Oct. 8, 2001
By John Suarez
Long Island University - Brooklyn Campus
On a crystal clear day in New York City the morning of September 11, the face of the world changed. While entering the main doors of Long Island University in Brooklyn, I heard a loud pop from a distance toward an already smoke-filled lower Manhattan. I would sit and stare at our TV, 3.2 miles from Ground Zero, and the rest is history.
Immediately, we accounted for all of our student-athletes (some had internships at the World Trade Center) and found out all was well. Frantic parents of athletes from 23 states and 12 countries could not reach our kids. Phone lines were dead and most cell phones were out. Somehow, one outside line was working in our associate AD's office. Athletes lined up to call home.
What happened in the next hour is what I had known all along -- that we who are involved in intercollegiate athletics are proud of our profession mainly because of our student-athletes. Without any direction from an administrator or coach, our athletes organized themselves and went across the street to Brooklyn Hospital to donate blood. This occurred less than an hour after the attack, and I'm pretty confident that they were the first to donate blood in the country.
That afternoon, our entire university community greeted tens of thousands of people as they walked over the nearby Manhattan Bridge that connects the two boroughs. Our athletes were handing out water, fruit and snacks to stunned commuters. Some still had soot over them and some had walked all the way from uptown to Brooklyn.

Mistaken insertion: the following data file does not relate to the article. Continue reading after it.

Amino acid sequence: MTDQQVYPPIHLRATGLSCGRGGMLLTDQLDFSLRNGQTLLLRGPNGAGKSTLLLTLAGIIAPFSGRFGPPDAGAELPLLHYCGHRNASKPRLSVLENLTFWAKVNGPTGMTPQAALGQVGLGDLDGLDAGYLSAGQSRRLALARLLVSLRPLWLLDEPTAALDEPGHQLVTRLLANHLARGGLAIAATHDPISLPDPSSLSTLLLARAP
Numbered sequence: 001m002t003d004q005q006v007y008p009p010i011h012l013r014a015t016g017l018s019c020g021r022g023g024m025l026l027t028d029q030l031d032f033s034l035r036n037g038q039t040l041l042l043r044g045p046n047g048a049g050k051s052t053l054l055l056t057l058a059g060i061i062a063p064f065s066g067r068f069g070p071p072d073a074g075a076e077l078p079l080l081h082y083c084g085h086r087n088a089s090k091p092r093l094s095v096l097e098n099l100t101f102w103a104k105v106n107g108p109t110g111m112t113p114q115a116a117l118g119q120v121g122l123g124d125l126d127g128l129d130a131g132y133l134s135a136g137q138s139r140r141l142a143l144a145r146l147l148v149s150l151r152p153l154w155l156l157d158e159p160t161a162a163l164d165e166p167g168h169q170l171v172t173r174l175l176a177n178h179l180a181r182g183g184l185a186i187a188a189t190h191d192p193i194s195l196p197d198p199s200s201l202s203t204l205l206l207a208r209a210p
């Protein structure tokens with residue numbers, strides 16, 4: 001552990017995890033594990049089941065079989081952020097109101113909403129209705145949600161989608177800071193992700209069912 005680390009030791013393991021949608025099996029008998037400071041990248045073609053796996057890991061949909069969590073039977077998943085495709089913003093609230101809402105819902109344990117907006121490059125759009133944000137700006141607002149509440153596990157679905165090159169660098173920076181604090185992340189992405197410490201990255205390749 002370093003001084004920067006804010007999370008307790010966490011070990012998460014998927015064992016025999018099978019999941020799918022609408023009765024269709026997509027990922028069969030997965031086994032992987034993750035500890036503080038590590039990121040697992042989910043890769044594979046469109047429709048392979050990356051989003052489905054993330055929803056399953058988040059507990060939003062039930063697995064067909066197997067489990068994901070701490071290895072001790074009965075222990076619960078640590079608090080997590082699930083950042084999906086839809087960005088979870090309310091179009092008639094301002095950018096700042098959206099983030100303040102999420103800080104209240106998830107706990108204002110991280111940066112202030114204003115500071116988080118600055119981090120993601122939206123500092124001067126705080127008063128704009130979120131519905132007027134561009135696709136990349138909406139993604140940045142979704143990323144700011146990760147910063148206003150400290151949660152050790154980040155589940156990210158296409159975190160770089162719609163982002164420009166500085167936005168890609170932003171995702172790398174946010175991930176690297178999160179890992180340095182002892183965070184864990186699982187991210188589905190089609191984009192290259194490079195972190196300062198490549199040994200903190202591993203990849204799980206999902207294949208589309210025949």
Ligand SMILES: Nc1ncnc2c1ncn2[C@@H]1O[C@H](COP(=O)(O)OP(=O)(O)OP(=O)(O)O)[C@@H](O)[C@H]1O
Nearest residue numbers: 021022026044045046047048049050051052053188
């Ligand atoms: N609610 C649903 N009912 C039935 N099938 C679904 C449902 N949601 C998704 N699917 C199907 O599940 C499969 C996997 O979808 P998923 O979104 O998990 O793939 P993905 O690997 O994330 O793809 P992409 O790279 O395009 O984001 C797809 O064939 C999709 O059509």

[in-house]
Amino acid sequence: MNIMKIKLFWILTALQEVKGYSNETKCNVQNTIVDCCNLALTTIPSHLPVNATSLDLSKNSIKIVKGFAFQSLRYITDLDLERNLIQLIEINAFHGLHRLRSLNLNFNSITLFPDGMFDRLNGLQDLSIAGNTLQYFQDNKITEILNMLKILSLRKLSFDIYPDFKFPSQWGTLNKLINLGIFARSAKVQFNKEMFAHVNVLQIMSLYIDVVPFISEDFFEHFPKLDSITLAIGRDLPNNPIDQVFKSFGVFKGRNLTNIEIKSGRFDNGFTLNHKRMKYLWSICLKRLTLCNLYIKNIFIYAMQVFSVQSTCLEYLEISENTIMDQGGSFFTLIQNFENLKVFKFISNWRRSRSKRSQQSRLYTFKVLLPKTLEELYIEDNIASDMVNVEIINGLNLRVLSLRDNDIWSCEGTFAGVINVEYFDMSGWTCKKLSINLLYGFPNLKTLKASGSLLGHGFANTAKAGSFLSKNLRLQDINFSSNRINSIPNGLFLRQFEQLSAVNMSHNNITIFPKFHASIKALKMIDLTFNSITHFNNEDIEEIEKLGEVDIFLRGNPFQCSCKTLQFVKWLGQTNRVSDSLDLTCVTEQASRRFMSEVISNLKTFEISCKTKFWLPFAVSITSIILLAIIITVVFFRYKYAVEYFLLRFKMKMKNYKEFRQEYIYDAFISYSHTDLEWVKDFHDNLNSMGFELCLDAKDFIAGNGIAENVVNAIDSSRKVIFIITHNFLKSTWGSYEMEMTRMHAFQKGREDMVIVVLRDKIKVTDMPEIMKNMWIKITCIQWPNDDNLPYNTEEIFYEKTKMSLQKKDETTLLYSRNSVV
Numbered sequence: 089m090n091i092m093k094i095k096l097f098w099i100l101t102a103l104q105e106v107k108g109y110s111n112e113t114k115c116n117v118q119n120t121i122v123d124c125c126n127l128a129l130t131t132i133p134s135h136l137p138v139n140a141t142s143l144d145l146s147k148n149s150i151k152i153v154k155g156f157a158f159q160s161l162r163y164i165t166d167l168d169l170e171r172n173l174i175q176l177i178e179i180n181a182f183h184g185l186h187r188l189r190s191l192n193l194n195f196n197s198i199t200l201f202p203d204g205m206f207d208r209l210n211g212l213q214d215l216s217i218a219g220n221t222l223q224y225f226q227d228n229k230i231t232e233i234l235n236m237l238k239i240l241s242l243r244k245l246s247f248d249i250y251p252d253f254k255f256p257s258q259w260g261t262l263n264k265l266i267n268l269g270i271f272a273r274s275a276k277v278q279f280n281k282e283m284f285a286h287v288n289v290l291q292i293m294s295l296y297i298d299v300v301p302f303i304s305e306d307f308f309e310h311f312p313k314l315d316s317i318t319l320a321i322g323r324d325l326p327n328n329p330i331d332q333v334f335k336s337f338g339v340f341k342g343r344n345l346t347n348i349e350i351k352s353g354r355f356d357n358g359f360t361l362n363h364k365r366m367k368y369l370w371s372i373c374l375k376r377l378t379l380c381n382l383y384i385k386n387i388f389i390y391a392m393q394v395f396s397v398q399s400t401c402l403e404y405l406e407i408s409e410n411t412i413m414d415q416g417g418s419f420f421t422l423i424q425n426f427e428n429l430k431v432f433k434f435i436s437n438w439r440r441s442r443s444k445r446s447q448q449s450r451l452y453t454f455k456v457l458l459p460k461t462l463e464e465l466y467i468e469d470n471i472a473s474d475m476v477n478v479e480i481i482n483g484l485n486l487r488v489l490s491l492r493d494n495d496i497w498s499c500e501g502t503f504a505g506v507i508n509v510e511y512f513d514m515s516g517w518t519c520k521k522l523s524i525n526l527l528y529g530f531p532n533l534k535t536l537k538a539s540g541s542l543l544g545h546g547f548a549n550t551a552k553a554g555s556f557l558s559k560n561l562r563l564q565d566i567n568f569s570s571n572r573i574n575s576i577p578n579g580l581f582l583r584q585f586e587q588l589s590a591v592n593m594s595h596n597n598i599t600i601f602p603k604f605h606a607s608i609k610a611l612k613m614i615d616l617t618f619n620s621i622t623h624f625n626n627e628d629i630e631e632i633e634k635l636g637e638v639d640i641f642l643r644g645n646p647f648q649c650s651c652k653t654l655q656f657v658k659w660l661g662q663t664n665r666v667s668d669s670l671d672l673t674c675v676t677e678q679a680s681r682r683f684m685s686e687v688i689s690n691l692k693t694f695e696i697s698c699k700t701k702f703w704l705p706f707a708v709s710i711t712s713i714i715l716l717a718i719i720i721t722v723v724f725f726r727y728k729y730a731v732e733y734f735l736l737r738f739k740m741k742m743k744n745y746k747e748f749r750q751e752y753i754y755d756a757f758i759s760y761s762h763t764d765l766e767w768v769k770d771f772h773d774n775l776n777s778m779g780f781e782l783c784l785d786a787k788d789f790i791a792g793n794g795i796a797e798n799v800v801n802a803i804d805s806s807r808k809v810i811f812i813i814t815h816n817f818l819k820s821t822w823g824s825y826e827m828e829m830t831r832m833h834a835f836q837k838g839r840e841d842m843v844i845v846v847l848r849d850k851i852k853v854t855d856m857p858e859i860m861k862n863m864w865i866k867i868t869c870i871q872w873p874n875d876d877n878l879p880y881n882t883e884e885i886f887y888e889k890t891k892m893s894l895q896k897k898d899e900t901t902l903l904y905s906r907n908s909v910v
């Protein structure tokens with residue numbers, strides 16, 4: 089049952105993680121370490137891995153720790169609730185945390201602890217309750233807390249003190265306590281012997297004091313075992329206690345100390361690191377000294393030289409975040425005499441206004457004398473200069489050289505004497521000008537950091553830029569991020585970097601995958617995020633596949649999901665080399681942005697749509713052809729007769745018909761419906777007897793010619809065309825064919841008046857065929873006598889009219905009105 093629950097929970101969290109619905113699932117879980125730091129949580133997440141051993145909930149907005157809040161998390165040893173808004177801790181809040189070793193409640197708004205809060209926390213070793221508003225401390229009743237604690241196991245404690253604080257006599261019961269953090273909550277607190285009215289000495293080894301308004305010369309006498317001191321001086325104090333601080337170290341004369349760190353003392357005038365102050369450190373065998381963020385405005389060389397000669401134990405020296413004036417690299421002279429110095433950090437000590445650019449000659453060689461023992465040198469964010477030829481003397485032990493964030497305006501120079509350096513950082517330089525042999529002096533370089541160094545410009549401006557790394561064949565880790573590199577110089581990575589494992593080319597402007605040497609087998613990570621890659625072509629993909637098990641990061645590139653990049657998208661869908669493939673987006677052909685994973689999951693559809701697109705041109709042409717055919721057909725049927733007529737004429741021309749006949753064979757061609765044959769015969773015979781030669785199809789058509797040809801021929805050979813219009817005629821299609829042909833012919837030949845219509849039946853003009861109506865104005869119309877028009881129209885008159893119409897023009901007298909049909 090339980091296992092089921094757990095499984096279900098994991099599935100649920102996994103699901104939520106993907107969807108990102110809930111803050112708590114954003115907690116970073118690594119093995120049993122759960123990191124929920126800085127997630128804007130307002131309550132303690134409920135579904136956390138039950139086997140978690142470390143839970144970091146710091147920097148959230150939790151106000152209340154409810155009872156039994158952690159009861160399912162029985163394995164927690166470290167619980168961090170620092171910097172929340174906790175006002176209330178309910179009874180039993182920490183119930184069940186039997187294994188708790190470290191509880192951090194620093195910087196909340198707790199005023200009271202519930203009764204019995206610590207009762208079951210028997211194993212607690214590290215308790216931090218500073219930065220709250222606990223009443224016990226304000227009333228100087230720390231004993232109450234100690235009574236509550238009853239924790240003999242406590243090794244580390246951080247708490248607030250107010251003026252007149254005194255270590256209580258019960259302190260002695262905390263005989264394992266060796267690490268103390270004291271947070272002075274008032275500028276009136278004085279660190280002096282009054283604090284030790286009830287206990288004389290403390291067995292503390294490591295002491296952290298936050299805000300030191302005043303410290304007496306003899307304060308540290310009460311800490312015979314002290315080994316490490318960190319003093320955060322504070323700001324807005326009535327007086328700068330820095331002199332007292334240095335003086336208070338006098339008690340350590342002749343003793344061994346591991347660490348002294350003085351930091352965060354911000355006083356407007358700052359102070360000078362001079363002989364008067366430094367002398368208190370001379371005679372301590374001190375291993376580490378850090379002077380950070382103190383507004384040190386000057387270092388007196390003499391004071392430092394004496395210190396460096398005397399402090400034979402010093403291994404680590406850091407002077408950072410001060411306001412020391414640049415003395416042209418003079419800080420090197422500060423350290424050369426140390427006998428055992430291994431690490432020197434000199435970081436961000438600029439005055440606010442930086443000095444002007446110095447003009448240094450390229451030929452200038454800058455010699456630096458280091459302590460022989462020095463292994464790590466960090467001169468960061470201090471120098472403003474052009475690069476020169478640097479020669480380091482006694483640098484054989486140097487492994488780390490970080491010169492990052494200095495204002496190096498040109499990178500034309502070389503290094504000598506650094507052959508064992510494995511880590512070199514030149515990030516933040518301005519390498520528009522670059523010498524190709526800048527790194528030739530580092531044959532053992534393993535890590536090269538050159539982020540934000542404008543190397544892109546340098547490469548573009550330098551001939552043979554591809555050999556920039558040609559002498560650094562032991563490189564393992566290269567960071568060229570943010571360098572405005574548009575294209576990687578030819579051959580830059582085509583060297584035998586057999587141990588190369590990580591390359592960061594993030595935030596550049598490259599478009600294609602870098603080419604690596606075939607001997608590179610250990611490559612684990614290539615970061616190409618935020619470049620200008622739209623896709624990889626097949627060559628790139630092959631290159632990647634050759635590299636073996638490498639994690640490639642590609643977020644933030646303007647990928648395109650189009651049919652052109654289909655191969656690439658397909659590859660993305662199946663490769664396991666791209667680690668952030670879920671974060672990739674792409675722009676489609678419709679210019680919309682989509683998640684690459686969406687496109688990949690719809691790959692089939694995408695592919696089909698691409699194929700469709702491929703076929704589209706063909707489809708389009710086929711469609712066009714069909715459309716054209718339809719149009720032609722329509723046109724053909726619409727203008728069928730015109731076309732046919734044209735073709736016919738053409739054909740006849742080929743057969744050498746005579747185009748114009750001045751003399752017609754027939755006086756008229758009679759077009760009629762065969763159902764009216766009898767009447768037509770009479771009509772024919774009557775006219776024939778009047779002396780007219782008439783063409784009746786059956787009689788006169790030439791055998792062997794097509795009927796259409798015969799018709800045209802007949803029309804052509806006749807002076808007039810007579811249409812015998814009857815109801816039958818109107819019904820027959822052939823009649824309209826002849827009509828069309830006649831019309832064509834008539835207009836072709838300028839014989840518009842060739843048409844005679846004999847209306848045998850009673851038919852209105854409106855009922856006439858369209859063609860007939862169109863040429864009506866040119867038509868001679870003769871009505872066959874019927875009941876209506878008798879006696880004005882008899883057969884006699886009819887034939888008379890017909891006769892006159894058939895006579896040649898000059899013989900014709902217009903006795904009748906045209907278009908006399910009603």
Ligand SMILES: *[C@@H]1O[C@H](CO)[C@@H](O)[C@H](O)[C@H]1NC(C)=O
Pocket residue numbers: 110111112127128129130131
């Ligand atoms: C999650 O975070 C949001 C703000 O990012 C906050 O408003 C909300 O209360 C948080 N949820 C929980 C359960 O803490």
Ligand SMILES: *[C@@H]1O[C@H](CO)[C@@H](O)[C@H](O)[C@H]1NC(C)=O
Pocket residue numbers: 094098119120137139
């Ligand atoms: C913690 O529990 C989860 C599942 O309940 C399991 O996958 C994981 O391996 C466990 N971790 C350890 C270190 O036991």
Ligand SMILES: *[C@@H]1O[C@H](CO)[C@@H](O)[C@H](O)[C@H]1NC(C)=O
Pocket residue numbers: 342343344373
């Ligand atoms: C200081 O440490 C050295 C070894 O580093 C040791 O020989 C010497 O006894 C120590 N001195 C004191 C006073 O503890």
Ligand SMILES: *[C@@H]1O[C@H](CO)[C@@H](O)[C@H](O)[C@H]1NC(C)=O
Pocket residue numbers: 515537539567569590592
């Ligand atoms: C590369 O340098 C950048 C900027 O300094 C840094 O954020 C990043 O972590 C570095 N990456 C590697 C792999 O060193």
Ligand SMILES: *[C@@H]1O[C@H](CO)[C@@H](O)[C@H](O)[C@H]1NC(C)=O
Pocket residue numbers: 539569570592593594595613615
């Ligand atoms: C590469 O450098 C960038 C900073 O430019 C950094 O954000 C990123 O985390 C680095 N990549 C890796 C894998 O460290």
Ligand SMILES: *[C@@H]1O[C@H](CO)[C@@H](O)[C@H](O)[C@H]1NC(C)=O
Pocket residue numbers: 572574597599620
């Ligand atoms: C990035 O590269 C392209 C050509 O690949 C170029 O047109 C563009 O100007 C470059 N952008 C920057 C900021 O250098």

Being 3.2 miles from Ground Zero makes you rethink a lot of things in your life. For 18- to 22-year-olds who have experienced only peace and prosperity in their lifetimes, I was curious to see how they would respond. They didn't let me down.
We have read articles of student-athletes getting arrested, of commission reports that collegiate athletics are on the brink of destruction, of university president-approved million-dollar salaries for coaches, and quite frankly, I have had enough of it.
Ninety-eight percent of presidents, administrators, coaches and student-athletes are doing the right thing. Like anything in life, there are people in large organizations who want to do the wrong thing.
That is what gets publicized and we all know it. If one of our student-athletes had been caught looting a store that evening, we would have been on CNN. Of course, our actions that day will never get noticed, nor should they, considering the magnitude of the event. But we have to do a better job as an organization to promote the "good" of collegiate athletics to balance the 2 percent that brings us down.
I'm sure all across the country, student-athletes jumped into action to help in their own way during this tragedy.
Let people know what they did. Show people that the other 98 percent does teach morals, ethics and community service, and could not care less about an "arms race" and commercialization about our programs. College sports are good. If anyone disagrees with that, tell them to stand 3.2 miles from Ground Zero and I'll be glad to show them.
John Suarez is the director of athletics at Long Island University-Brooklyn Campus.